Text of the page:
It takes my eyes a few moments to adjust when I walk out the door of the Victor M. Blanco telescope in Chile around 2 a.m. I take a few careful steps into the moonless October night with a physicist and a software developer following close behind. We are working the overnight shift at the Cerro Tololo Inter-American Observatory, monitoring the newly installed Dark Energy Camera. The most powerful digital survey camera in the world, DECam will spend the next several years studying the sky to determine how dark energy has shaped the evolution of the universe.
We have decided to do a little stargazing of our own.
The stars seem to blink into being, one at a time, as our eyes adjust. First come the brightest ones, the touchstones of ancient constellations. Orion raises his club and shield against the charging bull, Taurus—both turned absurdly on their heads in the southern sky. The Magellanic Clouds, a pair of dwarf galaxies in orbit around the Milky Way, glow in matching violet hues. Layer by layer, dimmer stars appear, slowly revealing the depth of the heavens.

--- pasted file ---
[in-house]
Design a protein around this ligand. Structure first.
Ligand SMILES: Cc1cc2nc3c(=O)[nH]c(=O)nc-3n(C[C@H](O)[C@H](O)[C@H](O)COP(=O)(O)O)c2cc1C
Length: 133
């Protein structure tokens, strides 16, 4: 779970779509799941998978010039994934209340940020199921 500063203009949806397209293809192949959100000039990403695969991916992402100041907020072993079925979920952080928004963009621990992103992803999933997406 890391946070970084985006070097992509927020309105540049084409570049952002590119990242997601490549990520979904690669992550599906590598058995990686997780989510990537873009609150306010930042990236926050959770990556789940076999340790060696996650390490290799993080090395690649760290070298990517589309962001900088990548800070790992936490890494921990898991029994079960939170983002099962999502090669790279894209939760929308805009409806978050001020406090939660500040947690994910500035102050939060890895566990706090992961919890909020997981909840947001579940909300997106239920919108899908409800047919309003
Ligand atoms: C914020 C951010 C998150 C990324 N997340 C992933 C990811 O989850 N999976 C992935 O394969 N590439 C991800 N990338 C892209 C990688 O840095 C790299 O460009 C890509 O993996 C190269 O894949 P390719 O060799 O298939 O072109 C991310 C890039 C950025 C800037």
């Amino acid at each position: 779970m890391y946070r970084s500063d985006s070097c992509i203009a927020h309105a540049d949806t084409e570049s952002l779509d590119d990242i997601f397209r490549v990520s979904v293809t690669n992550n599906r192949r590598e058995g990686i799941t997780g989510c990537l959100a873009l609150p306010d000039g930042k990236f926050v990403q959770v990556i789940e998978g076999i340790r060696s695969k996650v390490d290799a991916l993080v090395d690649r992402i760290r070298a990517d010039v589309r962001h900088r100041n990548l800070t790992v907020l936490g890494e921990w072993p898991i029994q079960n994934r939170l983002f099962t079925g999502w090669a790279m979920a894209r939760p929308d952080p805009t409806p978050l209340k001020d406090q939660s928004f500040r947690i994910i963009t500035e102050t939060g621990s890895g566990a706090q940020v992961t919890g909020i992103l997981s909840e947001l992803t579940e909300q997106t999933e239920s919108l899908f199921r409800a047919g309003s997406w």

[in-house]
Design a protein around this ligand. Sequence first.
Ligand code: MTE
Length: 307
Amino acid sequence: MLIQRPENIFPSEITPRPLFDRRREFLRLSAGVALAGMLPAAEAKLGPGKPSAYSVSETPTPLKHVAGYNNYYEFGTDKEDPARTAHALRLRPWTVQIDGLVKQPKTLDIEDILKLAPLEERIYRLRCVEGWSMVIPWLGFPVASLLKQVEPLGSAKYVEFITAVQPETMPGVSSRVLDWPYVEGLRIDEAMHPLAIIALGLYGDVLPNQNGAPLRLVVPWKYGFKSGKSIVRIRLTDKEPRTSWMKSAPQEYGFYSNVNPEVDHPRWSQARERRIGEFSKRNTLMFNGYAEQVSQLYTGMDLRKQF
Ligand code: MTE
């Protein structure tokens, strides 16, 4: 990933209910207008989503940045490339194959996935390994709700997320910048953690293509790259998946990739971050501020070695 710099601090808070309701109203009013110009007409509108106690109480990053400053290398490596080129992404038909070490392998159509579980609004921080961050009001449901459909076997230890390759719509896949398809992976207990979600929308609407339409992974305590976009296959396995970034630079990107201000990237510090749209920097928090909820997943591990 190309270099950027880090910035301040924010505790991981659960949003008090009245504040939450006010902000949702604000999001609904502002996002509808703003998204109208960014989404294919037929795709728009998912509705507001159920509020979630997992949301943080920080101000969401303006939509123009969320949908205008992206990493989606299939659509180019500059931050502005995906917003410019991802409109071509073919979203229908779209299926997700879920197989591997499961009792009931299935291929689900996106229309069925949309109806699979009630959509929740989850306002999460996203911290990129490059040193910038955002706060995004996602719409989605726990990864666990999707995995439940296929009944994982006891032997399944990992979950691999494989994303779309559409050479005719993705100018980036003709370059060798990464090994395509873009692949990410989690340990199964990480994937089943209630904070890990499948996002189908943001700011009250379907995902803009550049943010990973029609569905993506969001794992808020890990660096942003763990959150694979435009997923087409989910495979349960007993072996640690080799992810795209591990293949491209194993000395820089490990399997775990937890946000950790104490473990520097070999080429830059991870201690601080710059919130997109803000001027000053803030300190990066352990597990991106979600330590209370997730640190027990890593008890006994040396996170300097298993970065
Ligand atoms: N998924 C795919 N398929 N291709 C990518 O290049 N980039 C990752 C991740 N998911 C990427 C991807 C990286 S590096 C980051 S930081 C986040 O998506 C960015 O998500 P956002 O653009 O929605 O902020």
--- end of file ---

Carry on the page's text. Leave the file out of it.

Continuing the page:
This is the sky the first explorers saw, we say to one another. We wonder if site surveyors thought the same thing when they scaled the mountain on horses and mules in the 1960s, looking for the right place south of the equator to build an international astronomical observatory. At the time, there were fewer than a dozen observatories in the Southern Hemisphere, compared to closer to 100 in the north.
They chose this spot, 2200 meters above sea level, far from the distracting lights of the towns below. The winds from the Pacific Ocean, a stripe of blue visible in the distance during the daytime, are said to cleanse the air of dust.
Today clusters of telescopes under white and silver domes dot the rocky landscape like enormous eggs, each tucked into its own square nest. Their glass eyes track the stars each night as they sweep across the sky.
The stars’ motion is an illusion caused by the rotation of the Earth, but we’re not the only ones who are moving. Dark energy pushes the universe to expand at an ever-increasing speed. Depending on how dark energy works—something DECam seeks to understand—the universe might eventually be a much larger, colder, dimmer place. If we could come back here in tens of billions of years, these telescopes might see nothing but blackness beyond the immediate neighborhood of the Milky Way.
Tonight, though, we stand in the still, cold air, amazed by a sky full of light.